The Great Module Adventure Continues


I think putting all crates in Cargo.toml into the prelude is a horrible idea. The “global namespace” is a really precious resource and we should be very careful with what we add there.

Would the following code produce a shadowing warning?

use image::load;

let image = load(...);


If we put the external crates also in the crate root then the leading-:: variant doesn’t require this transition, right? I think breaking less code is more important than solving edge case grammatical inconsistencies. And also more important than aesthetic preference.

@pizzaiter There is no shadowing there at all, modules and variables have separate namespaces, see how this works fine.


Another question: The image crate depends on the png crate and also has a (top level) png module. The png module contains an extern crate png; declaration.

As far as I understand, in the new system one would delete the extern crate declaration and this would still work, but produce a shadowing warning. Presumably, one would then either silence the lint or start renaming stuff.

So my question is, will this style — wrapping a crate inside a stub module — be considered unidiomatic?

I know that I can still use this style in the new system, but it will get slightly awkward. First because of the naming and second because the external crate will be more easily available in other parts of my crate than my own module.

@leodasvacas I see, thanks for clearing that up.


Probably not, though to achieve this effect, one would need to rename the png crate in Cargo.toml:

name = "image"

png = { version = "1.0", package = "image_png" }
pub mod png {
    pub struct SomwWrapper(image_png::SomeStruct);


@matklad And then how do I notice that image_png is the png crate from

I still don’t understand why we are deprecating extern crate when that means there will be no way for RLS to point out to what image_png is. How do I notice that image_png is just the png crate without going through hoops having to open the crate’s Cargo.toml manifest?

I know from experience that I’ve very often did such things in Servo, where we rename the cookie crate to cookie_rs because we have a cookie module. Telling VSCode to “jump to definition” with the cursor on cookie_rs will bring me to extern crate cookie as cookie_rs. How do I do this now?


It will jump to Cargo.toml.


RLS uses the Cargo.toml via cargo rather than trying to parse and understand the syntax file. This is also how it builds and analyses more complex projects.

The removal of extern crate should not have an impact on the abilities of RLS. Jump to definition will continue to work how it does today.


The problem and the source of the concern is that it _doesn’t_ work today.
I’m using VSCode and neither @KalitaAlexey’s plugin nor RLS plugin can’t jump into locations in Cargo.toml.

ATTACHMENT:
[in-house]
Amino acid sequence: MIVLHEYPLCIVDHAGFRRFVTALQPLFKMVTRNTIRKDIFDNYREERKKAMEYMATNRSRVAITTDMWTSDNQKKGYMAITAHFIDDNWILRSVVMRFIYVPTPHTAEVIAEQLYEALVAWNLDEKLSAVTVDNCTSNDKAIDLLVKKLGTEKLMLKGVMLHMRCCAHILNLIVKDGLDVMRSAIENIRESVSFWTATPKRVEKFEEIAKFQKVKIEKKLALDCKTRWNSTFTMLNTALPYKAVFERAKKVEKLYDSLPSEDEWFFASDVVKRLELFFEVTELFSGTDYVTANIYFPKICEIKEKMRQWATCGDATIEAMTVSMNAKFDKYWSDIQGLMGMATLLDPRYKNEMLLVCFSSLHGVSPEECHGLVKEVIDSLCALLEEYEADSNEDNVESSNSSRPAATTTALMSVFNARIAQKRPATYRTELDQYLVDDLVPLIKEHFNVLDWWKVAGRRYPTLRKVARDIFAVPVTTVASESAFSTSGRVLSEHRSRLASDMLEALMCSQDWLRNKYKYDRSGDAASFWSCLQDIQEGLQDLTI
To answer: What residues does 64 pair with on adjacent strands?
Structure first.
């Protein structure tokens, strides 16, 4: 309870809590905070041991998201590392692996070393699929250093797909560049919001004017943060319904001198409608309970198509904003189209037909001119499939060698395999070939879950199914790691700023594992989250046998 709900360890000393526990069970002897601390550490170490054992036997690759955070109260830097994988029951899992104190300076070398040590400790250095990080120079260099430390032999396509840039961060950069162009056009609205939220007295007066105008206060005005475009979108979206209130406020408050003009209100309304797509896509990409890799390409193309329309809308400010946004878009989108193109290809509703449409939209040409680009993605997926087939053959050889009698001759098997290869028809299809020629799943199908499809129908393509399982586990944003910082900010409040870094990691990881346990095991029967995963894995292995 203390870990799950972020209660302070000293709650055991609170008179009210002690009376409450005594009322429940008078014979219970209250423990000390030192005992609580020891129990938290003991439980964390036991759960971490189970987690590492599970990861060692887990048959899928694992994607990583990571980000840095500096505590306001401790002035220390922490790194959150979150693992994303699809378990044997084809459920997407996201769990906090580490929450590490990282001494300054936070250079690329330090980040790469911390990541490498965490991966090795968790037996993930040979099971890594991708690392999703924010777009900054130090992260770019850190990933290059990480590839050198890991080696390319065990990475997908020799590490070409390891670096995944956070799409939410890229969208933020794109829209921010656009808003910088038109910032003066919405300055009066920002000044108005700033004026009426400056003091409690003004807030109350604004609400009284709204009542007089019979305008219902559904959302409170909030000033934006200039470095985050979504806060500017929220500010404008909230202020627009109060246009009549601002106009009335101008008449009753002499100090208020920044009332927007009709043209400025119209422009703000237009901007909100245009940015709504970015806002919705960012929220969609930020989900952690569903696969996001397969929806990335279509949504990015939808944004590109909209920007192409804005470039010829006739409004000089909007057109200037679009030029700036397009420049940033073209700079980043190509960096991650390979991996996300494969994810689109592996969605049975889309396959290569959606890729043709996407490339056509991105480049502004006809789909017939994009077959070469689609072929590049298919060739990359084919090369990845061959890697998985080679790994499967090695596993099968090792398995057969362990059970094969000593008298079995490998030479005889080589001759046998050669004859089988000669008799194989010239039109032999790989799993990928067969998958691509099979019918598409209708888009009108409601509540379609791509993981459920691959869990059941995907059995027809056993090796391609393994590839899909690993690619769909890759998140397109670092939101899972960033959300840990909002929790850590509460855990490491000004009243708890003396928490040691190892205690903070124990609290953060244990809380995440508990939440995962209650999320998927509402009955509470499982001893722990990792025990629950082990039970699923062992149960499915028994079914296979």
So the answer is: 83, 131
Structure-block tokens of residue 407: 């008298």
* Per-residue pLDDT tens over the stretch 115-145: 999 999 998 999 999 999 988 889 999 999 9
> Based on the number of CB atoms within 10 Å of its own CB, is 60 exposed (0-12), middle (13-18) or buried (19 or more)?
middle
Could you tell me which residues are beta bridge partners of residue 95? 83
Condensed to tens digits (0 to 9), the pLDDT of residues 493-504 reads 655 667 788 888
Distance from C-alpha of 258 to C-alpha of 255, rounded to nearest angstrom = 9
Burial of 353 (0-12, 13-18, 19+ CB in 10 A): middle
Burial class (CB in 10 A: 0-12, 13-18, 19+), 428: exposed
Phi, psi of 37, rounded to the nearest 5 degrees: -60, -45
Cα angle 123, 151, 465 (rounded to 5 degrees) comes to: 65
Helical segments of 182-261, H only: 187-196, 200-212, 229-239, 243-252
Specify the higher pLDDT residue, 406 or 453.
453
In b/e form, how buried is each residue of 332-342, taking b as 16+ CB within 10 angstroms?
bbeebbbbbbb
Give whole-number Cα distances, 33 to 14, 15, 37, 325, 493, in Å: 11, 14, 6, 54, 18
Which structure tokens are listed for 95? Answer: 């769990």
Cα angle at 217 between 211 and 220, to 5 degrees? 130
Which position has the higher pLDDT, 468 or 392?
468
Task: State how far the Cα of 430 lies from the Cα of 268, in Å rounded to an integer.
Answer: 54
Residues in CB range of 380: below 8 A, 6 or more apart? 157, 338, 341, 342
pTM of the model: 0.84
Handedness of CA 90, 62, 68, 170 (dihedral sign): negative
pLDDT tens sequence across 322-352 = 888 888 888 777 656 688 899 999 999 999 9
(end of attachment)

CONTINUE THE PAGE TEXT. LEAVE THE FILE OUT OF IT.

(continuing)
At least the first one can jump into the of the extern crate, RLS doesn’t do even that.


That could be. I’m just saying that this is a separate issue from the removal of extern crate or not. The RLS will use what it knows from the Cargo.toml file via cargo. The behaviour we allow for goto definition is separate and more of a dev tools team discussion on RLS functionality.


Hmm… does this transitively include all dependencies of dependencies? That might get a bit overwhelming for large projects.


No, just the direct dependencies, i.e. things you’re able to use extern crate with today.


I love this proposal. I agree with the “it just feels right” comment. Well done!

… however.

I just thought of one tiny snag with eliminating It’s not insurmountable, but something to think about.

When writing integration tests, if you want to create some sort of utilities module, you can’t make test/, because then it tries to compile as a test as well, and that often fails. So you use utils/, and it works. For more, see here:

What should we do here?


The answer is clear. Only support foo/ modules, not


So, that is annoying. Still, the existing situation is not great – I feel like modules from integration tests should not be all “muddled together” in a common directory.

Personally, I think it’d be nice if integration tests were, well, more like today’s modules, either tests/ or tests/some_test/..., right? But that kind of puts us back where we started (what do we call the ...). Also, the existing behavior of ignoring directories must be accommodated, since clearly we are relying on it.

TL;DR I don’t know =) but good you raised it…


When writing integration tests, if you want to create some sort of utilities module

Do you want to use this utils module for a single integration test, or for several integration tests? If the former, you can now write multi-file integration tests:


If you want to reuse this module for several tests, you’d better to extract it into a crate and use it as a path dev-dependency. Otherwise, this module will be compiled multiple times, once per integration test, and it doesn’t feel exactly right.


That’s what I was looking for…


Whoah when did this happen?


In 1.22 &

The question is, why the docs over do not mention it, although the source code for the docs ( does (search for (optional) directories containing multi-file tests)

EDIT: nightly book is OK though EDIT2: looks like the missing docs are found, recovered, and will be installed in the legitimate place with the next relase:


Can we have a summarised post here with all the options, example for each one and reasons for/against? Makes it easier to follow and draw up a conclusion.


@petrochenkov let’s talk implementation for a second. Do you think there are remaining details from what @aturon described that need to be cleared up before we can implement? Do you think you’ll have time to hack on this stuff? (If not, would you be up for mentoring and/or just e-mailing me a few brief notes and I can take a stab at mentoring?)


I think that @aturon’s post here is still basically “the latest”.